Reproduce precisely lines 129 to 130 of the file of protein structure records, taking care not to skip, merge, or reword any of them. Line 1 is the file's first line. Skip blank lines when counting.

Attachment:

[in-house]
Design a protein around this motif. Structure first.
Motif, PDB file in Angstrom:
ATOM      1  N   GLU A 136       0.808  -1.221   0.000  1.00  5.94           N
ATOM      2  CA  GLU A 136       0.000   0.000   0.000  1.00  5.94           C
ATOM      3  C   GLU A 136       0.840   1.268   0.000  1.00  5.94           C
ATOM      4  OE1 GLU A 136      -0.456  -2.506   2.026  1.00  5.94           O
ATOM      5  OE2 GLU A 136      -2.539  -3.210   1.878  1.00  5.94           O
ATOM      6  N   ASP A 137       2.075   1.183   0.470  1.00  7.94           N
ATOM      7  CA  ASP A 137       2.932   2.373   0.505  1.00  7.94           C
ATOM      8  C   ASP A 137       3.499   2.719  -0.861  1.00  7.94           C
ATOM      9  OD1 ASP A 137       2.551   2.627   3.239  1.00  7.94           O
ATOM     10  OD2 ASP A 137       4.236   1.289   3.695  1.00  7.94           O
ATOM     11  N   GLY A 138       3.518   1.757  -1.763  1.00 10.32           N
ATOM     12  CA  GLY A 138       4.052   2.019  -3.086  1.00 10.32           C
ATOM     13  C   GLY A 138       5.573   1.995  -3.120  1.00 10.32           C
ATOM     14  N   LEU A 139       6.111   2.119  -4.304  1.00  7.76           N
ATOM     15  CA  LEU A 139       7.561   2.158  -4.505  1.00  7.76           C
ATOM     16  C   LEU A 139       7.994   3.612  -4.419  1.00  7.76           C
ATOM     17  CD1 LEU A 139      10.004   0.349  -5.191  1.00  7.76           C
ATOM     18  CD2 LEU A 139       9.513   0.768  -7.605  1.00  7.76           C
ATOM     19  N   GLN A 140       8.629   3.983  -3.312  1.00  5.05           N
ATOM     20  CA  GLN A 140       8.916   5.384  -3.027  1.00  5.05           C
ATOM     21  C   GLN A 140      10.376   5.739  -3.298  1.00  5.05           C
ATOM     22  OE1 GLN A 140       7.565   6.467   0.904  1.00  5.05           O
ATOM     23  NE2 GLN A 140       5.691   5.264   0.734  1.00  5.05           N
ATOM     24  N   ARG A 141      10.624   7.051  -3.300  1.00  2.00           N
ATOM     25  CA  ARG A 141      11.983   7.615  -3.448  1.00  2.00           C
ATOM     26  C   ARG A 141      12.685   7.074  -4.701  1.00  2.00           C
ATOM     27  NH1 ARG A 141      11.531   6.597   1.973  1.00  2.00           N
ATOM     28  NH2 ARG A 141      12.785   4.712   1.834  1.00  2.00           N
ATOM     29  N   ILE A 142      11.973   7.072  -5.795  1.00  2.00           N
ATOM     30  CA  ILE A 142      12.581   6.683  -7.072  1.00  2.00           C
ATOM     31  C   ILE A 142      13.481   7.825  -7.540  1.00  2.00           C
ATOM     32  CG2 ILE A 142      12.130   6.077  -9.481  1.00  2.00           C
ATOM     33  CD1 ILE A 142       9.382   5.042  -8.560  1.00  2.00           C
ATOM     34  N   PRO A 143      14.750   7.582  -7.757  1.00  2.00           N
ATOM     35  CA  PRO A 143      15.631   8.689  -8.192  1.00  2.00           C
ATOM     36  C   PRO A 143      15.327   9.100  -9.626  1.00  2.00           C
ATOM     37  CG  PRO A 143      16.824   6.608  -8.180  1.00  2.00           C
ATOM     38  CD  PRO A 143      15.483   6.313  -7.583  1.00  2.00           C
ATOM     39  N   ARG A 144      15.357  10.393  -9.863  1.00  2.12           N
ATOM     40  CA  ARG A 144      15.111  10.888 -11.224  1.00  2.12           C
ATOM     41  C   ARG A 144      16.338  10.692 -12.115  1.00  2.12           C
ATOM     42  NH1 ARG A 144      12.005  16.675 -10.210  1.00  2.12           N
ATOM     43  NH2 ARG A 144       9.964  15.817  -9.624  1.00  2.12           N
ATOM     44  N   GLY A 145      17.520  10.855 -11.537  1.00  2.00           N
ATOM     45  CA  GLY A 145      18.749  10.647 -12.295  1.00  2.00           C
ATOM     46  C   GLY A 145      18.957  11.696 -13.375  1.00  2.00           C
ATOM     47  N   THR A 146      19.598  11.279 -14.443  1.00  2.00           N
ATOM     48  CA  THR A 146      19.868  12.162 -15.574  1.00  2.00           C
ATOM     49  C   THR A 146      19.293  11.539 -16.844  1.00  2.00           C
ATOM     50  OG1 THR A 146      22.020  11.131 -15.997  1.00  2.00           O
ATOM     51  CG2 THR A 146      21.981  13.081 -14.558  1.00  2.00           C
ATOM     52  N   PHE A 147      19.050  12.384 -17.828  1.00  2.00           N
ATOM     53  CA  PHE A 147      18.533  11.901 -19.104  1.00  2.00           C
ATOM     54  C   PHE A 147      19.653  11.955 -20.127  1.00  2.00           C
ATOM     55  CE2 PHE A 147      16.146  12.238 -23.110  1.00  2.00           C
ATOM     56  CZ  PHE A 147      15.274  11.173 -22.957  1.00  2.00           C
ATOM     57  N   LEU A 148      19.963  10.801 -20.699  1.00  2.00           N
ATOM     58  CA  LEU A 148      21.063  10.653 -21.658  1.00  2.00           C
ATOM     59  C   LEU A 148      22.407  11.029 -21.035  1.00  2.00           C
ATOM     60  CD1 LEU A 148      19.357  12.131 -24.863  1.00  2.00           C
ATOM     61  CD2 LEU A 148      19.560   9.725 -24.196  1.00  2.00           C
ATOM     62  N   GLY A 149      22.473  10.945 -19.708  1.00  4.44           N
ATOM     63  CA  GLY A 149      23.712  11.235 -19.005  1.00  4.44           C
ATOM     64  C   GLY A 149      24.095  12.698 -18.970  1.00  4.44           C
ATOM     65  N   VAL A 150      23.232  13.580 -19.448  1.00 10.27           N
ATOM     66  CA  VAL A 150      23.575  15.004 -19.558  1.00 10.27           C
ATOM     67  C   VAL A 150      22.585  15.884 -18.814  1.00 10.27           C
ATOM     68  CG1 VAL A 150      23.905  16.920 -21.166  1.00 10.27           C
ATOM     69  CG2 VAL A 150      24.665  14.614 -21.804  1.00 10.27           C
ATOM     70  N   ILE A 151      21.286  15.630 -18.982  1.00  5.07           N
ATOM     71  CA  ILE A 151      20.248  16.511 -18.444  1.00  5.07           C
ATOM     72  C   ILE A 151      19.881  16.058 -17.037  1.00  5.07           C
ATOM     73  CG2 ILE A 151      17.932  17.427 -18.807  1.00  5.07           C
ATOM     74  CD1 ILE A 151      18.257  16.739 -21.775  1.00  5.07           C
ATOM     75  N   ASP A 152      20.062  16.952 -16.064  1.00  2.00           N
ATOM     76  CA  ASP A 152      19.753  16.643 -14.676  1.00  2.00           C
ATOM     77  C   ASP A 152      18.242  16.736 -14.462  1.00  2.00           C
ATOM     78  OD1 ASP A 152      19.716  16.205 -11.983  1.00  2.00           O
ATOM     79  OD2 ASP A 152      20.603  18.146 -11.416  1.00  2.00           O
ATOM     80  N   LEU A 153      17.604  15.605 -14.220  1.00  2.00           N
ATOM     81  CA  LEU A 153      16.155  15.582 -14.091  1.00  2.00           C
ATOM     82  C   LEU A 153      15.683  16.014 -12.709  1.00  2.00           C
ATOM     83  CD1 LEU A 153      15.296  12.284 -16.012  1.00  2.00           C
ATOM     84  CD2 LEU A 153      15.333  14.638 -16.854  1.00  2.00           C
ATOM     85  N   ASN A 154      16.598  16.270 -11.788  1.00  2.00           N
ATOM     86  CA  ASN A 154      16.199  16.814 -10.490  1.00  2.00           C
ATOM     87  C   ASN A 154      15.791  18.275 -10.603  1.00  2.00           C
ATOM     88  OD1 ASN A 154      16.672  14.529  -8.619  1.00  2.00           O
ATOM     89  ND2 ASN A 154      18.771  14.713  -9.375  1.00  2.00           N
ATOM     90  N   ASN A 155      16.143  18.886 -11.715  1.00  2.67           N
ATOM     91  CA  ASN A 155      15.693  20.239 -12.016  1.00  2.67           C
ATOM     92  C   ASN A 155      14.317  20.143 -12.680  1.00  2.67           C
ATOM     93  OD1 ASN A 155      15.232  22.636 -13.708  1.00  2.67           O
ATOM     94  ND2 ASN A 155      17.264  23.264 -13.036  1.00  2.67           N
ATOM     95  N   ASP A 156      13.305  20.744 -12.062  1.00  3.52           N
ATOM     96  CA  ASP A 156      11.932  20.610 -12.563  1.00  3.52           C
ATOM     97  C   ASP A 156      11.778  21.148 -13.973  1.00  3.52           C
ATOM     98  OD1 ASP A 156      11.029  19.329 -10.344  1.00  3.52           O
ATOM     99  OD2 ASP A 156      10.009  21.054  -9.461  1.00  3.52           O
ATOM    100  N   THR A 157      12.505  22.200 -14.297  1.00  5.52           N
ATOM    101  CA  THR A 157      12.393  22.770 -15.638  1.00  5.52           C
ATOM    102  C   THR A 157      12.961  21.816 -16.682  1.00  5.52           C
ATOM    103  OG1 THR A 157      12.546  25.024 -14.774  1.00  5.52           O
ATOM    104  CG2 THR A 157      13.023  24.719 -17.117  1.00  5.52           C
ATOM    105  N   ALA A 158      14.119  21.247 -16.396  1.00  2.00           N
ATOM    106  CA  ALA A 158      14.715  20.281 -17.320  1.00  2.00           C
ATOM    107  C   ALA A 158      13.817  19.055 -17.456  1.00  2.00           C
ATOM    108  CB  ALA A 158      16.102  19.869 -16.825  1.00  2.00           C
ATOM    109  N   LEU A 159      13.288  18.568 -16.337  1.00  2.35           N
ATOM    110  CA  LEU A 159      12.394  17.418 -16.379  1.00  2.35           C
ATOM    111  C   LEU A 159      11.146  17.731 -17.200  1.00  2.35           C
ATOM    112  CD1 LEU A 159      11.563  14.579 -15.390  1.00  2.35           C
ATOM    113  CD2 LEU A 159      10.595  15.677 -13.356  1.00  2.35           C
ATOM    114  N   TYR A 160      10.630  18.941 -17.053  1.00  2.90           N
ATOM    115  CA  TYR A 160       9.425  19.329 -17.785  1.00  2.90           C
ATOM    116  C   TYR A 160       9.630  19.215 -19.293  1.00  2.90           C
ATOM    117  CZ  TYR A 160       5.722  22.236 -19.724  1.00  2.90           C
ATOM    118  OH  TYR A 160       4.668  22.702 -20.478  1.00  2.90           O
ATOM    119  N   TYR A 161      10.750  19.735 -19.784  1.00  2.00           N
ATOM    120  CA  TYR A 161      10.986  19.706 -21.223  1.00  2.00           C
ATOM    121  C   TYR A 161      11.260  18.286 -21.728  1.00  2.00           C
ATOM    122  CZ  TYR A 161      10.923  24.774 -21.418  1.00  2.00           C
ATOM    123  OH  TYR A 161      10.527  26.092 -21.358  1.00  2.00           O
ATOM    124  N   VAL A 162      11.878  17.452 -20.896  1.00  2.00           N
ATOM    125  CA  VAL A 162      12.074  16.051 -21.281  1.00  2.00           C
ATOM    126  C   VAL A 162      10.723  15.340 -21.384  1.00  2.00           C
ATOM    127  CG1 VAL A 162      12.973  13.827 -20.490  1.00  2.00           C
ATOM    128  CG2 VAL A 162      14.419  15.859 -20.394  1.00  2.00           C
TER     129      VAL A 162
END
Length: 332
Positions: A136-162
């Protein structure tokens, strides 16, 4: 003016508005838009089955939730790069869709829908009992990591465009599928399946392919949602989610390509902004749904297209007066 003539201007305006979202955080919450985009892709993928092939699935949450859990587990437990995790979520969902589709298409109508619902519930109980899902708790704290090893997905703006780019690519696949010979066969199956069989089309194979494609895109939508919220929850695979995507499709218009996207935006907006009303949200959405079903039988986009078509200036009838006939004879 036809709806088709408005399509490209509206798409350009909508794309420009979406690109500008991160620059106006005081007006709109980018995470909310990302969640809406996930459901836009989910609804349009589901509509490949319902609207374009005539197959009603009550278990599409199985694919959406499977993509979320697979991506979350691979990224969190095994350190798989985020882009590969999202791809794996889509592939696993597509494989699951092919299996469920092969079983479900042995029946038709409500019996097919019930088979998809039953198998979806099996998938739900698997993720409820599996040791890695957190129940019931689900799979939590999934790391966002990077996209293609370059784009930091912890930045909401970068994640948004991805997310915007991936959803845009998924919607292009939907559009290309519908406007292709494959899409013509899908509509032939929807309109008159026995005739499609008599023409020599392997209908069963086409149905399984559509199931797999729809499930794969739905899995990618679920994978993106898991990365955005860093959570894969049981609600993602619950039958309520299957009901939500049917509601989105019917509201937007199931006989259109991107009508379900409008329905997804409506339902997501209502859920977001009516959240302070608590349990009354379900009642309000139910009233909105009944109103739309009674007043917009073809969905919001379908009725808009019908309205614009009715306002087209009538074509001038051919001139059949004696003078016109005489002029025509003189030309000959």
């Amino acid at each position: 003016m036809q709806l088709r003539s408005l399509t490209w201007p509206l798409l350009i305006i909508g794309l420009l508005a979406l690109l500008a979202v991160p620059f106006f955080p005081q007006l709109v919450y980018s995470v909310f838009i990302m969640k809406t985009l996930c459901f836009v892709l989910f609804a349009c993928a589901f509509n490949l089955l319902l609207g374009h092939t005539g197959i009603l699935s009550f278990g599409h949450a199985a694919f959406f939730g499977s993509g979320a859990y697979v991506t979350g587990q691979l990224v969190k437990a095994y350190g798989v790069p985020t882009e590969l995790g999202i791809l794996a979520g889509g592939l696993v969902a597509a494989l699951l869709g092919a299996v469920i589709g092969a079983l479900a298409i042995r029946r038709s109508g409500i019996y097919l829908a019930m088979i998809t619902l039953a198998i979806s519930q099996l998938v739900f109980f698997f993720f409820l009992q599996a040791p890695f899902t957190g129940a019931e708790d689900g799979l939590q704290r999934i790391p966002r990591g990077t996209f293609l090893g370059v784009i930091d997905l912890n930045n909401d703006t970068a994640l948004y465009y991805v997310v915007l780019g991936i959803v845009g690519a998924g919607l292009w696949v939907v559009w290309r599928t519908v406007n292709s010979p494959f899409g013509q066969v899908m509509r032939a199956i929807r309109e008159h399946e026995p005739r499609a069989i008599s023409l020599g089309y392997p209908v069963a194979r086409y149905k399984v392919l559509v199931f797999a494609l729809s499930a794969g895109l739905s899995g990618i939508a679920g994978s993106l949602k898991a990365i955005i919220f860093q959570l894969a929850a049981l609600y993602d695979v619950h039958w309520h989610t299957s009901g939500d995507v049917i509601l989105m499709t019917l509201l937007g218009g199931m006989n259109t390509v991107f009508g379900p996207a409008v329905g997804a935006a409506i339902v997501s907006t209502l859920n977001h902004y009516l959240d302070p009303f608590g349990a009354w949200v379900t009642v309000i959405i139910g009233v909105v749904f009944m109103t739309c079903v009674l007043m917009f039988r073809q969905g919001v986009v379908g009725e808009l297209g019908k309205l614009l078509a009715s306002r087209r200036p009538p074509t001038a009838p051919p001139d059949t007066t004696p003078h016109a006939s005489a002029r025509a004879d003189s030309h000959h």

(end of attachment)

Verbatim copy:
ATOM    126  C   VAL A 162      10.723  15.340 -21.384  1.00  2.00           C
ATOM    127  CG1 VAL A 162      12.973  13.827 -20.490  1.00  2.00           C